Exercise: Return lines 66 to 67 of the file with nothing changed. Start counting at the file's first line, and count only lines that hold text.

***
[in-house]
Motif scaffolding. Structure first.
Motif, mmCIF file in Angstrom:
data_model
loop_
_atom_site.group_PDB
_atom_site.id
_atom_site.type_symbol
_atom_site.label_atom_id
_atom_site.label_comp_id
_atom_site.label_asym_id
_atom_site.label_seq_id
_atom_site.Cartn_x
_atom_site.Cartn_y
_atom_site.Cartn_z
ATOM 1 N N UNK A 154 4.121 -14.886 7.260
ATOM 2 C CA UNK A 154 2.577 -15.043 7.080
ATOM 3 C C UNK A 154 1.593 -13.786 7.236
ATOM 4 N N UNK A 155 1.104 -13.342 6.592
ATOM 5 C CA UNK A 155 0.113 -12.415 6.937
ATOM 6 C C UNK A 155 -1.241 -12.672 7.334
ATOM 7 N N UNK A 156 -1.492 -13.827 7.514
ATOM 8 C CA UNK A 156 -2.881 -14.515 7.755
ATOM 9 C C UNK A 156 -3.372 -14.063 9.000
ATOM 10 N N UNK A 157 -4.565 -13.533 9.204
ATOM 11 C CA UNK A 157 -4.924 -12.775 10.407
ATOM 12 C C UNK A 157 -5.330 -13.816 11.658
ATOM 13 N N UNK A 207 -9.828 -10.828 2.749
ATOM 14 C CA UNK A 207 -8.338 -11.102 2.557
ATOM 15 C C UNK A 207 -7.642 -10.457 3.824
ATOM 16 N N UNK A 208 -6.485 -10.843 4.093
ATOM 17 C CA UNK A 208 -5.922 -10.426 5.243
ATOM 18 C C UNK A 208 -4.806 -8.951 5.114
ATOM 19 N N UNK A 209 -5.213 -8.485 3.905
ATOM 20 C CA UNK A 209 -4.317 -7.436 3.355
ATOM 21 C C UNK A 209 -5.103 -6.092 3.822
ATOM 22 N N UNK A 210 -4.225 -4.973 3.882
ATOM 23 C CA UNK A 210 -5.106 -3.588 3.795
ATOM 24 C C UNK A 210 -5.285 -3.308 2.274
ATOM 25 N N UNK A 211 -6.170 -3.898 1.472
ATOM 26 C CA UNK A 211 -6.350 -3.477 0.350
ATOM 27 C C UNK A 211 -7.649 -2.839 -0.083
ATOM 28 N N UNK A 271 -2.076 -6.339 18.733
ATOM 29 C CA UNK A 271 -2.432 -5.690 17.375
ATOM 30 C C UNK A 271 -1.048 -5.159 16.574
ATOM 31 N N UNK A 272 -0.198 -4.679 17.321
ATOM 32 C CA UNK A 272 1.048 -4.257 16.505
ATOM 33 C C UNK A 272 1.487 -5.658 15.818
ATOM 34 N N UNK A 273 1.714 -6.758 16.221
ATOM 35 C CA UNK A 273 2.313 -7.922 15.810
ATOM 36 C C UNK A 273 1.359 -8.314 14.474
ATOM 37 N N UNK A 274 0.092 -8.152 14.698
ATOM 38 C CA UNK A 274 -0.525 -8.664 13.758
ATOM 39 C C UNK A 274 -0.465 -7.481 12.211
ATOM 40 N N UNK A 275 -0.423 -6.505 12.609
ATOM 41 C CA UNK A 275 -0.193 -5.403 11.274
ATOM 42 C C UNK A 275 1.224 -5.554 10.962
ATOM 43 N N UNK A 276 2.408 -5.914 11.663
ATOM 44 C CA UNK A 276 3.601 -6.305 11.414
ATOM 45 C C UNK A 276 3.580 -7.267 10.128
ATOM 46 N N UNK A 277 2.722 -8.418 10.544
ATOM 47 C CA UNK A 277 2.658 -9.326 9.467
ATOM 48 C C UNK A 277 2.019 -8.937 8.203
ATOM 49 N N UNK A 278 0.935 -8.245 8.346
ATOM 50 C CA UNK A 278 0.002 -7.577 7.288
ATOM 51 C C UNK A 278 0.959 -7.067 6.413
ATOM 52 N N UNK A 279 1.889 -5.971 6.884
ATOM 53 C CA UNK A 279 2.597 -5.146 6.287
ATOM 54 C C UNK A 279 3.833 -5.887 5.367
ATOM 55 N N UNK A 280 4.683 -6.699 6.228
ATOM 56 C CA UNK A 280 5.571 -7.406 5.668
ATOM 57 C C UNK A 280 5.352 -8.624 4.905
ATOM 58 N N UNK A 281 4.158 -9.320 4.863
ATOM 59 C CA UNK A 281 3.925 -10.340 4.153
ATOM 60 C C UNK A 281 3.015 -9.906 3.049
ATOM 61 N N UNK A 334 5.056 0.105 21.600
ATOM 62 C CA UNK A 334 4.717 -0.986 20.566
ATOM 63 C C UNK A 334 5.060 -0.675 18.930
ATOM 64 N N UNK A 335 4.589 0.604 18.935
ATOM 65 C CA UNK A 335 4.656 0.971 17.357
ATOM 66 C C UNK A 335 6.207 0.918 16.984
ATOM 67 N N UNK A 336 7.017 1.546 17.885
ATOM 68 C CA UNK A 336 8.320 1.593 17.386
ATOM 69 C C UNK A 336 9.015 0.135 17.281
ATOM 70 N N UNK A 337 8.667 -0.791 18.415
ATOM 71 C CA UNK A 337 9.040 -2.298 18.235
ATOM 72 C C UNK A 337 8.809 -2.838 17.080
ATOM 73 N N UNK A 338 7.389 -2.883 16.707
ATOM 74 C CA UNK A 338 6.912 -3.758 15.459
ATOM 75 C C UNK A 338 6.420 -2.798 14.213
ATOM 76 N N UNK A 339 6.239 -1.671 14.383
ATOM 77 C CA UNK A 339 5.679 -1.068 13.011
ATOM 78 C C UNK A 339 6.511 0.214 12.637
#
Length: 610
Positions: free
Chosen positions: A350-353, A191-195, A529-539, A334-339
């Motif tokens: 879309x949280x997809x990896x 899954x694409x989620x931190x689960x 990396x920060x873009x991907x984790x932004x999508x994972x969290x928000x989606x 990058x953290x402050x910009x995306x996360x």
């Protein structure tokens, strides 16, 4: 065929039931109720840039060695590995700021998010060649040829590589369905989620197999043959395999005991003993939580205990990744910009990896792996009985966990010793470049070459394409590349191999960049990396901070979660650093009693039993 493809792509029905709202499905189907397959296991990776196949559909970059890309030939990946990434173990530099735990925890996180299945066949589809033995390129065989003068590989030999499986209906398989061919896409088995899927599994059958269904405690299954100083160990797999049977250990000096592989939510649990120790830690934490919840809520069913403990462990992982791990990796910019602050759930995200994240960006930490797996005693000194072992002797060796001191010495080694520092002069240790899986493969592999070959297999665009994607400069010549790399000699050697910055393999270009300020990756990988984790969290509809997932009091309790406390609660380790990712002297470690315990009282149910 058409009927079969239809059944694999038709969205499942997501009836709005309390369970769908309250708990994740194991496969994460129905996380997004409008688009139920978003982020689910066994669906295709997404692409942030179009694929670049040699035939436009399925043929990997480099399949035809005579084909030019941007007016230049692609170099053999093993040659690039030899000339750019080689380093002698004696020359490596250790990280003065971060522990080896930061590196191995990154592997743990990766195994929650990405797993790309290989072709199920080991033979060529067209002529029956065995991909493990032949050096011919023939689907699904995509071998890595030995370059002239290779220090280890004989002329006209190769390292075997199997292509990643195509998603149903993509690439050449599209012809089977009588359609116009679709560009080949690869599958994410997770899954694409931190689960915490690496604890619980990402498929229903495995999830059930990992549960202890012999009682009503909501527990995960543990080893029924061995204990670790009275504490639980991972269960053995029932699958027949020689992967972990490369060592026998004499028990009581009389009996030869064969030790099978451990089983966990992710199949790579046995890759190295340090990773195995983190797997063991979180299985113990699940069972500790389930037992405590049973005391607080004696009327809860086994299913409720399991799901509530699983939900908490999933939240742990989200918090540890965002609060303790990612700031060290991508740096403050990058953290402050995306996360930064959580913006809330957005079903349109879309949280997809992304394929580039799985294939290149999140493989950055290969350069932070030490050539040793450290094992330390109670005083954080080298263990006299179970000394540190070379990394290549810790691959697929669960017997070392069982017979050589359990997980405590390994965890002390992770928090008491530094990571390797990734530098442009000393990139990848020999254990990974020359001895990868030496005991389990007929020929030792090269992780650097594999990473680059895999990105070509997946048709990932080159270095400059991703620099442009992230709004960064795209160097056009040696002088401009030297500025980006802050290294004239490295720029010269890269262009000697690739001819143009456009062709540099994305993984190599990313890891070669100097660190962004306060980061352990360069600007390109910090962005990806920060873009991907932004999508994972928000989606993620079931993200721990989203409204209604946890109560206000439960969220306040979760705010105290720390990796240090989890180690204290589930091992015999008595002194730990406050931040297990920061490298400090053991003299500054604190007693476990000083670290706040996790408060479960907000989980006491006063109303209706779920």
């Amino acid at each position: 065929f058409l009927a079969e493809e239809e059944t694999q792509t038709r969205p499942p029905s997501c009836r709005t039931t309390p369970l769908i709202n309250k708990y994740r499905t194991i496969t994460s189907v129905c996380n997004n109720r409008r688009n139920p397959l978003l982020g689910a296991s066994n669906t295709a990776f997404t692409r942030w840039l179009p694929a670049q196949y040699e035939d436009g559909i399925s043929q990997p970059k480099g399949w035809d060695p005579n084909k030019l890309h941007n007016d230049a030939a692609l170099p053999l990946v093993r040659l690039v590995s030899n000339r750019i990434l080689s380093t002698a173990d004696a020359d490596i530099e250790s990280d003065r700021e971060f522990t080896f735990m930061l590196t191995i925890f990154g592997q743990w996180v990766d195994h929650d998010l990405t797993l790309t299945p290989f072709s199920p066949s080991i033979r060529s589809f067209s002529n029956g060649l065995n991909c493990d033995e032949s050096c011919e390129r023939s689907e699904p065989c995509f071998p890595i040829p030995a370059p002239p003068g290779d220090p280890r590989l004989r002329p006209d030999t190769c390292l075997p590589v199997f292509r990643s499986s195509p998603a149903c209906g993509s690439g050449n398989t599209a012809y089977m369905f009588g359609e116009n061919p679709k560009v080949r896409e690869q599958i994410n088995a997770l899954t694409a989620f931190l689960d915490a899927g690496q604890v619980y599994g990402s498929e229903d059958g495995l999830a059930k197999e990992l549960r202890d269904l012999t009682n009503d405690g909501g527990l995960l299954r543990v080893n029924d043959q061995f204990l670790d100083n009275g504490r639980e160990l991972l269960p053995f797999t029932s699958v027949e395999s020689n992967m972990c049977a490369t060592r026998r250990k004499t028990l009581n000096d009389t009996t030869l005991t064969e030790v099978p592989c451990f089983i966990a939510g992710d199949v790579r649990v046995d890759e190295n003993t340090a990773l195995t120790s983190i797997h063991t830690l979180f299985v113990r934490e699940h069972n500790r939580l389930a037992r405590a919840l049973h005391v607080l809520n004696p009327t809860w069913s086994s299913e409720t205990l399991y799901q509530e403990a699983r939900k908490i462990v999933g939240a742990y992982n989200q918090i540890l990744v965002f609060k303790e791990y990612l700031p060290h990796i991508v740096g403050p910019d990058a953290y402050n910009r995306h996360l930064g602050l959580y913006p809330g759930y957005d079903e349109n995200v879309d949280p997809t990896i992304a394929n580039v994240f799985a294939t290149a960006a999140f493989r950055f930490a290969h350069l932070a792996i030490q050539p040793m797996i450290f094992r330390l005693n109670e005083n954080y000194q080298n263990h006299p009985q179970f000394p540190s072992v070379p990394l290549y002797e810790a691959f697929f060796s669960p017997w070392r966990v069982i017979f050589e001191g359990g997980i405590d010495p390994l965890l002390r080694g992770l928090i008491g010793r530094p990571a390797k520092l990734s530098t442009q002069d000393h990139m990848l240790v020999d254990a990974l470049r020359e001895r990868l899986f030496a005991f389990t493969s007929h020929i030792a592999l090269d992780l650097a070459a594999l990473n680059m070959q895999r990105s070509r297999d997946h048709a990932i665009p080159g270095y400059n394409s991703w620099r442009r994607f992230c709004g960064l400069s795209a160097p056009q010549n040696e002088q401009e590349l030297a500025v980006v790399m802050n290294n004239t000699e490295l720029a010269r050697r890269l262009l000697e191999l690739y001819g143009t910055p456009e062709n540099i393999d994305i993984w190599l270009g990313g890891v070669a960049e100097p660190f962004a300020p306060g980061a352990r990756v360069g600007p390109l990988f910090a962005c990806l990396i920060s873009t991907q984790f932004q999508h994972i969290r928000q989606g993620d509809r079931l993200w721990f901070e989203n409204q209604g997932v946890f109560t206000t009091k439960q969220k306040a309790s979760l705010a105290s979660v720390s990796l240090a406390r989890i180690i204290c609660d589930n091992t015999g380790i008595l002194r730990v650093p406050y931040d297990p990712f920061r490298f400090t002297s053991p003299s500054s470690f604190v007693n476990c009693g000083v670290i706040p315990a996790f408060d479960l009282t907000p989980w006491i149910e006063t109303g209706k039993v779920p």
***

ATOM 51 C C UNK A 278 0.959 -7.067 6.413
ATOM 52 N N UNK A 279 1.889 -5.971 6.884